ORIGINALLY POSTED ON STRAIGHT.COM, JAN. 19, 2006
Is there a Canadian identity when it comes to horror films? Director Jennifer Adcock ponders that idea in Nightmare in Canada: Canadian Horror on Film, a provocative one-hour documentary that collects snippets of seminal Canadian fright flicks and intersperses them with commentary from a bevy of critics, authors, and filmmakers.
Even if you don’t support the theory of a uniquely Canadian vision of horror, you will exit this Nightmare knowing that our country has spawned some pretty sick ‘n’ twisted little mind messers.
Toronto Star movie critic Geoff Pevere contends that there aren’t a lot of monsters in Canuck scare films. Horror novelist Edo van Belkom seconds that impression by pointing out that Canadian horror flicks more often pit man against nature, citing the Stephen King-endorsed terror-in-the-wilds outing Rituals of 1977. (Apparently, it’s very Canadian to get hopelessly lost in the woods.)
Pop-culture critic Richard Crouse asserts that Canuck horror is typified more by an atmosphere of dread than by blatant gore, using Bob Clark’s widely acclaimed 1974 shocker Black Christmas as a prime example. Crouse admits that we do have our share of mindless ’80s body-count flicks, though, such as Prom Night and the Maritimes-shot My Bloody Valentine, which he describes as “the dirty little secrets of Canadian film”.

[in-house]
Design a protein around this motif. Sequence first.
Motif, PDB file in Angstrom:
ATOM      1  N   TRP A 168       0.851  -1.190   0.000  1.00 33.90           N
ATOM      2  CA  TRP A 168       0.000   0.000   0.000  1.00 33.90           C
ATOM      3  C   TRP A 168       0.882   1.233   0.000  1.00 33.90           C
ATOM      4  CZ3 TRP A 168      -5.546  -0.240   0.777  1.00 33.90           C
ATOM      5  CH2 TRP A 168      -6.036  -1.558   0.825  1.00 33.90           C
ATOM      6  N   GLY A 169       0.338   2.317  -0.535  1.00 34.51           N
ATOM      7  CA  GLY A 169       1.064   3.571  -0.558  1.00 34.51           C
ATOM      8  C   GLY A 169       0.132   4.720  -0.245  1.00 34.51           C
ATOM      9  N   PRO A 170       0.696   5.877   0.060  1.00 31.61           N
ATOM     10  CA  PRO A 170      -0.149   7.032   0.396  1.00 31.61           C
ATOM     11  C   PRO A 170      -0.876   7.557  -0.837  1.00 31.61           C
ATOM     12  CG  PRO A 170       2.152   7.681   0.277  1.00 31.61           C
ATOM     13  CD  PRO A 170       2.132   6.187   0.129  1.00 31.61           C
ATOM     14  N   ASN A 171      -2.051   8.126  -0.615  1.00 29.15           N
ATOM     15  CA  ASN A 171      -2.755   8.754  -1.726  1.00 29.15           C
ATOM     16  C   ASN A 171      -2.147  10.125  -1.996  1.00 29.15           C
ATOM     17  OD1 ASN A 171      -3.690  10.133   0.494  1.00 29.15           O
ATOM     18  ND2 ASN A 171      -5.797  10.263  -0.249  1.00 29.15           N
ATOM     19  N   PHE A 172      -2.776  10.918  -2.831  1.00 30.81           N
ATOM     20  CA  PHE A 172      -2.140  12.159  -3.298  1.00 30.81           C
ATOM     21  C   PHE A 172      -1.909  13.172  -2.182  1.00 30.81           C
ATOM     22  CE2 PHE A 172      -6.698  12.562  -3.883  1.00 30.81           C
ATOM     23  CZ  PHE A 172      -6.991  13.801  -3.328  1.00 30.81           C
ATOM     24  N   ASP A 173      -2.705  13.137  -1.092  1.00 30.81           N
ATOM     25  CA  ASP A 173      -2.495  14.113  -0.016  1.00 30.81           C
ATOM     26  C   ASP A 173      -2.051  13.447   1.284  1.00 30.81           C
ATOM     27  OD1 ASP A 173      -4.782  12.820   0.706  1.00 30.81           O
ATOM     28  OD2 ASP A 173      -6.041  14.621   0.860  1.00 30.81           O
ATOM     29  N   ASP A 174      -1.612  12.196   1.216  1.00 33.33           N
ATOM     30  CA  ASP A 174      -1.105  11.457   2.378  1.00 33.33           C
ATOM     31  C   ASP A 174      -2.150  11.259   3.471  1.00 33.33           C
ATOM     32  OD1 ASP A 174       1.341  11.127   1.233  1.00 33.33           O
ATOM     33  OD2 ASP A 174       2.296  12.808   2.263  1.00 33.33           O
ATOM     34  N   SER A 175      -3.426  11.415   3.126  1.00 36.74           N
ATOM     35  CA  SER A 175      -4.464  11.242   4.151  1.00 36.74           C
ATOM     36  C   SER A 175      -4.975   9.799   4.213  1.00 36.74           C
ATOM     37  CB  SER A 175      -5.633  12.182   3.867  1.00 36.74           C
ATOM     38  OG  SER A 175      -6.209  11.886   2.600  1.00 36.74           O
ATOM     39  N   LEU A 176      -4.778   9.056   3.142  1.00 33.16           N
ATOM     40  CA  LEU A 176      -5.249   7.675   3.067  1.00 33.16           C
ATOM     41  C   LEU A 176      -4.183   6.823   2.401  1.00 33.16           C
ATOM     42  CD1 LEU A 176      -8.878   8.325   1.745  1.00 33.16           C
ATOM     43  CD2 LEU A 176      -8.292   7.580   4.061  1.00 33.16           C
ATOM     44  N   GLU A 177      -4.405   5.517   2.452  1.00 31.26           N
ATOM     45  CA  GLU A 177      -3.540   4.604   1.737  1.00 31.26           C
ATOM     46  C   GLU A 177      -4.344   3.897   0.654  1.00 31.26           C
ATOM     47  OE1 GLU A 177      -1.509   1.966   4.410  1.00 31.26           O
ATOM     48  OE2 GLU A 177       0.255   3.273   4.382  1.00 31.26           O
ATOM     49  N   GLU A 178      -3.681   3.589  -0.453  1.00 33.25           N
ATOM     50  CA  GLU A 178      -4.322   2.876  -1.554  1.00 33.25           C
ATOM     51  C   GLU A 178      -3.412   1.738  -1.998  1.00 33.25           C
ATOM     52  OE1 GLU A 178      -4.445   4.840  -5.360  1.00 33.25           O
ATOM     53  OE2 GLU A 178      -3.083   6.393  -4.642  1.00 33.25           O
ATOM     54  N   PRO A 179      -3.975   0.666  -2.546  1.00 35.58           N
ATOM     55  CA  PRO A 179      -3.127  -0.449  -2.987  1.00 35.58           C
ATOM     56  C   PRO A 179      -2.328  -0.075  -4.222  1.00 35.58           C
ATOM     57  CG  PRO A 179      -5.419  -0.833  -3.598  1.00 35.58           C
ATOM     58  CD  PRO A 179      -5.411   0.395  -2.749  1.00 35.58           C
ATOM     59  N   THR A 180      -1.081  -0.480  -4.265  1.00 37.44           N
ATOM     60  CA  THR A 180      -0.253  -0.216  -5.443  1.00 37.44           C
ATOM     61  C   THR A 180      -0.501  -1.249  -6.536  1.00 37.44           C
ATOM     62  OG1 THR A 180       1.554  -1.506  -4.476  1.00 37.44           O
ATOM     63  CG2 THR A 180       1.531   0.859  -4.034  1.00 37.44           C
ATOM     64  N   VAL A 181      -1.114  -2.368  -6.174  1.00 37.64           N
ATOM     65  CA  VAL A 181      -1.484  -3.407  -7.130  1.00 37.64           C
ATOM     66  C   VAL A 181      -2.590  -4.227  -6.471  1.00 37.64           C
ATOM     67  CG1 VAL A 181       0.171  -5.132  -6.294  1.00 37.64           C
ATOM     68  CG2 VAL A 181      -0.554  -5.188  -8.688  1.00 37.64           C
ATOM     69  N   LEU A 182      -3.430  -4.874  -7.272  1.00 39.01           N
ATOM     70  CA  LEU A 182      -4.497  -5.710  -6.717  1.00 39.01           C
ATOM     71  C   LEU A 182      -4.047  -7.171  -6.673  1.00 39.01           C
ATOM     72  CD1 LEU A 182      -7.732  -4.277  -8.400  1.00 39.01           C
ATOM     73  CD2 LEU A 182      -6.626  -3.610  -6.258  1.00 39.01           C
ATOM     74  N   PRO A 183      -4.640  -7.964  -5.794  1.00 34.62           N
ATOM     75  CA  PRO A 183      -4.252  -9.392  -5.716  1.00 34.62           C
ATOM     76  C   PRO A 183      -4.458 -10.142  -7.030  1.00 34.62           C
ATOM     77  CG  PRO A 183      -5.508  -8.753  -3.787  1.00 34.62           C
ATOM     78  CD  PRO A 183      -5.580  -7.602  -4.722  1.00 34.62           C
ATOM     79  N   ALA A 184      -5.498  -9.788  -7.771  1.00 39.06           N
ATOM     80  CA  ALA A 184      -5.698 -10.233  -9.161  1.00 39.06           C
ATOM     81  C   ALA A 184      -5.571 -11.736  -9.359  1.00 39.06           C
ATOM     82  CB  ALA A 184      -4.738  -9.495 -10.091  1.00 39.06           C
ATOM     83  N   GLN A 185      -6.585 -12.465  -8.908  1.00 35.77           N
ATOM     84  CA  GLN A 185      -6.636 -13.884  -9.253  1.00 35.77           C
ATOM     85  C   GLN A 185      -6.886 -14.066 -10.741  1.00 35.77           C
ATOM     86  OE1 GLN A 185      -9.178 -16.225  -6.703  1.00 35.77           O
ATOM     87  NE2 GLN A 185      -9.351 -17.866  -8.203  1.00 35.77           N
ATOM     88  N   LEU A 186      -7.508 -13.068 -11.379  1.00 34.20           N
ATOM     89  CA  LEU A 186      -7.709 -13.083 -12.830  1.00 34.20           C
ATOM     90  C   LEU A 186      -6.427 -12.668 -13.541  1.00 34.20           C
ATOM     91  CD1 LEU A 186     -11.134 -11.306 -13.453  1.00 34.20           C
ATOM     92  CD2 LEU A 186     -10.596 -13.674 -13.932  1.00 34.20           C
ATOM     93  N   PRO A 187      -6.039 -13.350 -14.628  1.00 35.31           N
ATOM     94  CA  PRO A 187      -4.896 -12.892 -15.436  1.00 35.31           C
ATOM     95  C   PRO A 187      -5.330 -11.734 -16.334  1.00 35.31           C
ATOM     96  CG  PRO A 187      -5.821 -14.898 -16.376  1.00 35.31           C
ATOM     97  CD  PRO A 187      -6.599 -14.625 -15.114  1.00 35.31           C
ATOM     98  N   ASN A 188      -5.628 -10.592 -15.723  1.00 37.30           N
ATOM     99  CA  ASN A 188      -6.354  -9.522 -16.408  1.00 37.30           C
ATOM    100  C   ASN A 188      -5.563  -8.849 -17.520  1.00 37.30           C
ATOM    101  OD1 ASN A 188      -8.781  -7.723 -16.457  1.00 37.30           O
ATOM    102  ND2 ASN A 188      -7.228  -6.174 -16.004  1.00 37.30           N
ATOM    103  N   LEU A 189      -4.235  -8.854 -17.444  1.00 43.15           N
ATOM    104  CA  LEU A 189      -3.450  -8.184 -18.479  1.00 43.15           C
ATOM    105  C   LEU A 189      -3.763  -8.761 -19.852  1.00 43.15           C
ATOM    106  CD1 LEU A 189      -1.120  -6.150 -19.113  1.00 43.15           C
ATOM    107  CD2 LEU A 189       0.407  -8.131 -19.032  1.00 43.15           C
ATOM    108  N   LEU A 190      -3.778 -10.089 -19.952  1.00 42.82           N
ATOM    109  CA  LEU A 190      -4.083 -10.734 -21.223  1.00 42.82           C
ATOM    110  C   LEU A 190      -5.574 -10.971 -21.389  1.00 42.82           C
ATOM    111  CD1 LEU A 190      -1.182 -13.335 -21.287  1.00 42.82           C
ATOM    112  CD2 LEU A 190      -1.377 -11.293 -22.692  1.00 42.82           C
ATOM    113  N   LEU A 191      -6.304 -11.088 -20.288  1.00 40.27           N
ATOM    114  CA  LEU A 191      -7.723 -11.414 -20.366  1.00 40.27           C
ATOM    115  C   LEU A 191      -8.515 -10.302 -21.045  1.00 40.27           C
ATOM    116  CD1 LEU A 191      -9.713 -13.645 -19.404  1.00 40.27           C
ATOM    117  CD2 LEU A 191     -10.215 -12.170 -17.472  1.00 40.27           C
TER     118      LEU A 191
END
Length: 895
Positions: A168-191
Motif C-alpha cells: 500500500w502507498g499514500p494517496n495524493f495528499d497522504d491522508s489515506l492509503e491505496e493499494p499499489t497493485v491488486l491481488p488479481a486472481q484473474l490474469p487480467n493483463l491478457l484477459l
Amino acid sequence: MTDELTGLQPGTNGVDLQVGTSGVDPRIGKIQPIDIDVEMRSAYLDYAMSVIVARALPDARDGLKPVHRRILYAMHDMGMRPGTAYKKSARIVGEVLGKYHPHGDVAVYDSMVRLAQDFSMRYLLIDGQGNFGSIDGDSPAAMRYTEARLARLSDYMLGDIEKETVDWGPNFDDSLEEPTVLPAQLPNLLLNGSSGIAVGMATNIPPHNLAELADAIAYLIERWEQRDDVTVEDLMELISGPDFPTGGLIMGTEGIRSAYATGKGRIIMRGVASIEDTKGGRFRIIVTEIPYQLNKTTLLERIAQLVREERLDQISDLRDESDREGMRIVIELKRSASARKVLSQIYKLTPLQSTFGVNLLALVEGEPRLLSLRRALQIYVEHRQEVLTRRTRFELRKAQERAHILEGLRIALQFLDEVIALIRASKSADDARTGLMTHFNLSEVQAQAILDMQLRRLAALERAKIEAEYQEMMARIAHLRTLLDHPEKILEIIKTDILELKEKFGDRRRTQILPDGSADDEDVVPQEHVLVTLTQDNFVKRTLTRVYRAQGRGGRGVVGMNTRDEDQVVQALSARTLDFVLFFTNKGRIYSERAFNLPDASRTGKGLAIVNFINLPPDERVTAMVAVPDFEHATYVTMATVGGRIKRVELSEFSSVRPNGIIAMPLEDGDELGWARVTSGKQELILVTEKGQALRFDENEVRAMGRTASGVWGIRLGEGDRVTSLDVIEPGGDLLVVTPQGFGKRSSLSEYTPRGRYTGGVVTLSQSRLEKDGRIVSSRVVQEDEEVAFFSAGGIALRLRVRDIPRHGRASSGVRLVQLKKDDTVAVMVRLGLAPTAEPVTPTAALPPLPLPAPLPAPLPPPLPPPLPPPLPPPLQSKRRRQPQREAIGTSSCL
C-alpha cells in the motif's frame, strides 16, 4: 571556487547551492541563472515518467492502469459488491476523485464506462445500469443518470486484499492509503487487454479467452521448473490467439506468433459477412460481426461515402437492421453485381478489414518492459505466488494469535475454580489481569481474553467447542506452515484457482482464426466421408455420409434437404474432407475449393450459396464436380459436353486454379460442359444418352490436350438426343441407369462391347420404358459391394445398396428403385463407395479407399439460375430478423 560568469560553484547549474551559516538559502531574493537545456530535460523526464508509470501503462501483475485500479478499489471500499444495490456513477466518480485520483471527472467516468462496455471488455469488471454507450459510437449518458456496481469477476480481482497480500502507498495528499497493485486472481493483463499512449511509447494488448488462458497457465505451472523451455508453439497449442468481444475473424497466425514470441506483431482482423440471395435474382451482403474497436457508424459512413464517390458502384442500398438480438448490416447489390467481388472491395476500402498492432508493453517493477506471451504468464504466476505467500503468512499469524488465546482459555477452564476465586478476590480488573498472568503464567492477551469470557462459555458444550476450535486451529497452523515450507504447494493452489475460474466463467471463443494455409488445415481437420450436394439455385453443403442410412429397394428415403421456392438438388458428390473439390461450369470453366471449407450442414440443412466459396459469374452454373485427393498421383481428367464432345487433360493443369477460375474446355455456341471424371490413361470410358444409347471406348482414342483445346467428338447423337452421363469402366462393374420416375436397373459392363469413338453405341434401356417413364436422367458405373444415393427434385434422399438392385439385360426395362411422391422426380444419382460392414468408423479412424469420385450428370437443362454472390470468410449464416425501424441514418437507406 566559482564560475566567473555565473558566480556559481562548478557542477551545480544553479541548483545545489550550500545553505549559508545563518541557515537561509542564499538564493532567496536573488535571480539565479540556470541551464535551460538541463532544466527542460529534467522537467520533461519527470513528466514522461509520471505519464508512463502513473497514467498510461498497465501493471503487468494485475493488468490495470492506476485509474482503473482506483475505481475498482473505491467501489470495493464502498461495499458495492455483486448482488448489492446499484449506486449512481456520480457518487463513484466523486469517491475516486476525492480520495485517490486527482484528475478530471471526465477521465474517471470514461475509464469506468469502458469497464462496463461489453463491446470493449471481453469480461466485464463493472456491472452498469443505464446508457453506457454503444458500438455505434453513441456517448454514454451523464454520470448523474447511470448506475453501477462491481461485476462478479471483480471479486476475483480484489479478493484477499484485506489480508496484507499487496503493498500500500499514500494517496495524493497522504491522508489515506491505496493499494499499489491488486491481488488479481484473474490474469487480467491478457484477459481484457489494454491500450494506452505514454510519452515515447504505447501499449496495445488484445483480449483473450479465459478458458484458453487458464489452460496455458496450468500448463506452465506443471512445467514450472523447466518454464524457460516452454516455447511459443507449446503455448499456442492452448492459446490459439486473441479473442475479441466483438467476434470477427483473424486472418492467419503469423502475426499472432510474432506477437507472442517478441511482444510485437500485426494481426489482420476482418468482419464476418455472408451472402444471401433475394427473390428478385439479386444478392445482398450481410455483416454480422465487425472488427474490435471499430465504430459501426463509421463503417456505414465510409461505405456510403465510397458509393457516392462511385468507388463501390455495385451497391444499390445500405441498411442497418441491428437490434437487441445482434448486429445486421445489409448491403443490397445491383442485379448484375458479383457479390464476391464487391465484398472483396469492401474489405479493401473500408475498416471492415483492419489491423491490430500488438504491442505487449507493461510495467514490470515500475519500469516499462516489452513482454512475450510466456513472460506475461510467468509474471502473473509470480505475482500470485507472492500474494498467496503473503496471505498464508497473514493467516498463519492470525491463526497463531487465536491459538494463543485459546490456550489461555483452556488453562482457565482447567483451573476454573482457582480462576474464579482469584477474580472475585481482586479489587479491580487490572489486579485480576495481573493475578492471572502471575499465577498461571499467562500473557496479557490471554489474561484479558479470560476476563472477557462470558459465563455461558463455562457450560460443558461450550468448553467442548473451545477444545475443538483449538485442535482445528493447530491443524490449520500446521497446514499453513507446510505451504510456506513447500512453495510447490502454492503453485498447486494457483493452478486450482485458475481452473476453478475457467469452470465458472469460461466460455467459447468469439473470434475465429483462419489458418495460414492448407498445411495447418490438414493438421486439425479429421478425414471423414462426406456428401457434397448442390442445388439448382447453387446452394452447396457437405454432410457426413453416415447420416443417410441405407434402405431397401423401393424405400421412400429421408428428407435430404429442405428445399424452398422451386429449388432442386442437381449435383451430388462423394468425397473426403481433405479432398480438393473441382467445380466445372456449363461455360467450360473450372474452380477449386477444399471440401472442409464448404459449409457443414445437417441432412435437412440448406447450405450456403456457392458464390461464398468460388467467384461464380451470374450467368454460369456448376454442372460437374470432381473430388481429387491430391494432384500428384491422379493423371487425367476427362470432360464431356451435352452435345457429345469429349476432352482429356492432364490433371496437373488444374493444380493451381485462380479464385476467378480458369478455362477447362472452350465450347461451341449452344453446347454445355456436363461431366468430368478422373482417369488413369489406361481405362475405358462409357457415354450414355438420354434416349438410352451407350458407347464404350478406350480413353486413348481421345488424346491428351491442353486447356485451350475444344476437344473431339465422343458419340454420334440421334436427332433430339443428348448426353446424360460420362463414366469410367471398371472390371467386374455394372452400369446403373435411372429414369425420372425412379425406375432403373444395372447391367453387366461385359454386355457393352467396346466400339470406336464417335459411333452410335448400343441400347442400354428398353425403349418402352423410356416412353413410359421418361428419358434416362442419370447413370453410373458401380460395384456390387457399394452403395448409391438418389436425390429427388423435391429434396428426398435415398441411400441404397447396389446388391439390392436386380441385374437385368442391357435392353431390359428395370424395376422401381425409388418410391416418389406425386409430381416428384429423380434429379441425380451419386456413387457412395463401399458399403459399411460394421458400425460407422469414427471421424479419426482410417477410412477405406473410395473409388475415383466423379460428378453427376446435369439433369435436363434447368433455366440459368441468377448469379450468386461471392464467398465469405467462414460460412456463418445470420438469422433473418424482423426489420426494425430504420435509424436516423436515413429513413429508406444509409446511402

No analysis of Canadian horror would be worthy without emphasis on the career of director David Cronenberg. Pevere relates how, in Cronenberg’s early flesh-obsessed work like Shivers and Rabid, the director saw horror as something that was essentially viral. Later ’80s films like Scanners and Videodrome explored what goes on in the psyche.
According to Ginger Snaps screenwriter Karen Walton, Cronenberg is “the undisputed champion of just messing up your brain for good”. A clip from Shivers shows a sluglike parasite crawling up from a bathtub drain to painfully penetrate an unsuspecting brunette (B-movie queen Barbara Steele).
Nightmare in Canada also features insights on the attraction of the horror genre in general. According to Walton, “the allure of horror is absolutely the ability to talk about what nobody wants to talk about.” Pevere recalls, when he was a child, descending an open stairway to the basement freezer. There was always the fear that hands might shoot out from between the steps and grab his ankles.
“For me,” he states, “the horror movie allows me to vicariously peek behind those stairs without actually having to go down and get the ice cream.”